For anyone who’s read some of my previous posts or followed me on Twitter will probably know that I’m a huge fan of the Mass Effect game series. I’ve played through each game nearly twice now, and I’ve spent more than 100 hours playing Mass Effect 3’s multiplayer mode. So yeah, I like the games. But while I of course enjoy them for the game aspect, the part of me that likes good stories and likes telling good stories benefits even more.
To preface, I’ve basically grown up around sci-fi. My parents are huge Star Trek fans (primarily original series), and I grew up watching it. Then I discovered Star Wars, and well, it’s Star Wars. That quickly became a favorite as well, and I’ve even read a number of the expanded universe novels in addition to the visual media. Both of them, which are considered sci-fi tent-poles (yes, Star Wars is more epic fantasy in space, but it still usually falls under sci-fi) and have had a huge influence on me as a writer. From Star Trek, I got great characters, interesting ideas, and exploration, while from Star Wars I got epic story, a large, heavily populated galaxy filled with diverse aliens, and energy swords. However, considering both those plus other, smaller sci-fi things I love such as Starcraft and Firefly, I would have to say that Mass Effect has had the most influence on me and my writing by far. In this series of posts, I hope to enumerate on exactly why this is so, and maybe it’ll get those of you that have yet to give it a shot to check it out. (There probably will be some spoilers though, so beware. The last game has been out for over a year, after all.)
So I think I’ll start by introducing the games, focusing on the story and the setting, then I’ll talk a little about some of the broader themes. Future parts will focus on more specific things.
Here we go. For the uninitiated–or indoctrinated (haha, Mass Effect reference you won’t get if you haven’t played the games)–Mass Effect is set in our own galaxy, a couple hundred years in the future, and takes a fairly realistic approach to how we might end up by that time (given that we discover FTL travel and that aliens exist, of course).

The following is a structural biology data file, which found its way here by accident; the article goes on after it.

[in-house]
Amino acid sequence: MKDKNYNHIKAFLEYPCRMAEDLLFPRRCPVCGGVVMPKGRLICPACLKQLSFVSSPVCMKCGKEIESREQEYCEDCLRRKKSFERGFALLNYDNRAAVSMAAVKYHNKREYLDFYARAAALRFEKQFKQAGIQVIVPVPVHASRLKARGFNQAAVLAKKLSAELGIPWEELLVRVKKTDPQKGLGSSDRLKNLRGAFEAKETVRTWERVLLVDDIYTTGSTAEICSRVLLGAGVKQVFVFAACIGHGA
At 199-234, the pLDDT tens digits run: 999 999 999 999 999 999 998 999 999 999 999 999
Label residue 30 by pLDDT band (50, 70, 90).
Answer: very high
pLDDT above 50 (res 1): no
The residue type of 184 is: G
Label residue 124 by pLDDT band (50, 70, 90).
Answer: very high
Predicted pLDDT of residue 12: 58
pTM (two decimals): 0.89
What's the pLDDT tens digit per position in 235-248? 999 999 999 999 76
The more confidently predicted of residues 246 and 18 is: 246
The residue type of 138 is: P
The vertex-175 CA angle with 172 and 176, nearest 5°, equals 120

So the game begins not too long after humanity first joined the larger galactic community. They have made great strides in that short time, but they are still very much newcomers, and they are regularly reminded of this, which bothers some. And at the same time, some of the alien races that have been ‘in the game longer’ are upset at how quickly the humans are moving up the ladder, and see human designs to gain power within the larger government as threatening.
The game’s main character, who we play as, is Commander Shepard, a human military officer who is initially a candidate for the ruling Council’s Spectre program, to be an elite enforcer of the law. However, the stakes quickly grow larger, and Shepard has to put together a crew to go after a rogue Spectre. This mission will take him or her to various alien worlds, and form alliance’s and friendships as he/she pursues the rogue Spectre and discovers that things are far more complex than initially thought.
By the end of the game, you’re fighting to save the galaxy from an existential threat, a fight that will continue until the conclusion of Mass Effect 3. The sheer scope of the story (there’s an entire galaxy involved) is one of the things that drew me in and made me think about the scope of my own story ideas. Definitely expect to see a fully populated and explored galaxy in my own fiction at some point.
But the main thing this does is it shows that humans, as integral as they might be to the story, are simply a drop in the bucket of the galaxy. Too often fiction makes us the center, when we know for a fact that we make up an infinitesimally small part of our galaxy.
But that is but one of the major ideas and themes that really spoke to me as a storyteller. I don’t want this to get too long, but I’ll list a couple of the ones I’ll be writing about in future posts.
The idea of unity: bringing an entire galaxy together to fight a common enemy.
A new and brilliant story of a synthetic race that rebelled against their organic creators.
Aliens that are actually aliens, but that we can also identify with.
Creating a story with immense scope, but keeping us fully invested in every bit of it.
The excellent use of backstory and history to set the stage for the story.
I think that’s enough gushing over Mass Effect for now. This is getting long, and I’ve barely finished the introduction (which I suppose is fitting, given the hundreds of hours I’ve spent in this universe). I’ll be tackling each of the ideas/themes listed above (and possibly more that I neglected to list) in future posts, which I hope to release regularly.
So until next time, keep writing, let your imagination roam free, and seriously, play these games if you have the time. you won’t regret it.